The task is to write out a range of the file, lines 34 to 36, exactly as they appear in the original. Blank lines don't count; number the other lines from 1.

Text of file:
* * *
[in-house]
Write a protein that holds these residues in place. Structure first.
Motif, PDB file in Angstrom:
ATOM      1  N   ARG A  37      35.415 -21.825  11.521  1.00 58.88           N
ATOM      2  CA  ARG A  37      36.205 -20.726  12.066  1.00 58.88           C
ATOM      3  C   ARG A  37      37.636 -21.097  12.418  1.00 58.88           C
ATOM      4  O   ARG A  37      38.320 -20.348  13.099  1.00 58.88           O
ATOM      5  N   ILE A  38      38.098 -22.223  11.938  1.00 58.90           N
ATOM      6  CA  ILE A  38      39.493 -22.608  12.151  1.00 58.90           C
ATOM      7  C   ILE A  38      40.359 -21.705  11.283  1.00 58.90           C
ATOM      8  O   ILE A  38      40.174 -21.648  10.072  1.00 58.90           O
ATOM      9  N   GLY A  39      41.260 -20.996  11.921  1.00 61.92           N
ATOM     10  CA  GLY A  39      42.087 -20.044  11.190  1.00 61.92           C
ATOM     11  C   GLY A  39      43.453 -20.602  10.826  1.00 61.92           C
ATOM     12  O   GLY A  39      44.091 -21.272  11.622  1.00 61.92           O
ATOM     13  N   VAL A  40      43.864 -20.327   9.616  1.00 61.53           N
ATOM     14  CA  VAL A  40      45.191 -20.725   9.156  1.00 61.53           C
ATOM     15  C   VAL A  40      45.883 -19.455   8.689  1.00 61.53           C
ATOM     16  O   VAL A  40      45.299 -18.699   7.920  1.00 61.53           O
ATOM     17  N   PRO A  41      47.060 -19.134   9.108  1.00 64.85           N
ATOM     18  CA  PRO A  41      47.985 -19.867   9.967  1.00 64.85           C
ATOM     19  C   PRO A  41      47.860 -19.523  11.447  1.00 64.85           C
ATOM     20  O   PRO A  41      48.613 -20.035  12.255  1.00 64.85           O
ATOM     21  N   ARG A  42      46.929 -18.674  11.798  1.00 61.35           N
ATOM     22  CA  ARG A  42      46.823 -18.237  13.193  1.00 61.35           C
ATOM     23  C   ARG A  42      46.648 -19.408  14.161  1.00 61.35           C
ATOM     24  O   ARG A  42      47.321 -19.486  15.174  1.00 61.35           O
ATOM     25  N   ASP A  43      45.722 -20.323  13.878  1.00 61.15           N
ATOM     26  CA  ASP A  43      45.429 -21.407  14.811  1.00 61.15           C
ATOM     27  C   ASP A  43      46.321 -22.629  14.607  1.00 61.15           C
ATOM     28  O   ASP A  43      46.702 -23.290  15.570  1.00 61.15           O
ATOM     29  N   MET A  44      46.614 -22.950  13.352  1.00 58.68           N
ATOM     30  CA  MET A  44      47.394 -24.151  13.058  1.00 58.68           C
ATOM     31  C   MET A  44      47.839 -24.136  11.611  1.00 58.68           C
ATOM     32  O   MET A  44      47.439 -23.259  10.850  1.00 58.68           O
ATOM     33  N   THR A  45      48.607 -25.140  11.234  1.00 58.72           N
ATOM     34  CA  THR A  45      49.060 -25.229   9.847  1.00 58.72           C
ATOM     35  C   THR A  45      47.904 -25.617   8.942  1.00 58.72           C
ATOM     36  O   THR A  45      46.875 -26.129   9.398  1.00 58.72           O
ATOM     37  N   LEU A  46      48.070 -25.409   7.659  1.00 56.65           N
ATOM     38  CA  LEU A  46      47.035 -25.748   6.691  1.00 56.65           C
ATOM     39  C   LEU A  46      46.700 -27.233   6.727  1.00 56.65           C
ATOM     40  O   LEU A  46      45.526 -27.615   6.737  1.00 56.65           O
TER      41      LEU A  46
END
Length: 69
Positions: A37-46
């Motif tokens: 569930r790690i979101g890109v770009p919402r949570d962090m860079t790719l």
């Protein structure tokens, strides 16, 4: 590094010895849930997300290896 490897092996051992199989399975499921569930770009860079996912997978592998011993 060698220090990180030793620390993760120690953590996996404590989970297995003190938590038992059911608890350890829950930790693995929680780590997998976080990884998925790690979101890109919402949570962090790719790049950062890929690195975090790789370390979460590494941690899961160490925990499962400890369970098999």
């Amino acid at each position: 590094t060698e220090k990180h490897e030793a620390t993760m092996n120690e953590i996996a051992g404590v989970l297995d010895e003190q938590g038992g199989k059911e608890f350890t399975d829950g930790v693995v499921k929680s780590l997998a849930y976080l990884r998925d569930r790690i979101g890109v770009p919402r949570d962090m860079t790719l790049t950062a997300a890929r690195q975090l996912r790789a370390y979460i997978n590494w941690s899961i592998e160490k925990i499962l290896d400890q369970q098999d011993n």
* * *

ATOM     31  C   MET A  44      47.839 -24.136  11.611  1.00 58.68           C
ATOM     32  O   MET A  44      47.439 -23.259  10.850  1.00 58.68           O
ATOM     33  N   THR A  45      48.607 -25.140  11.234  1.00 58.72           N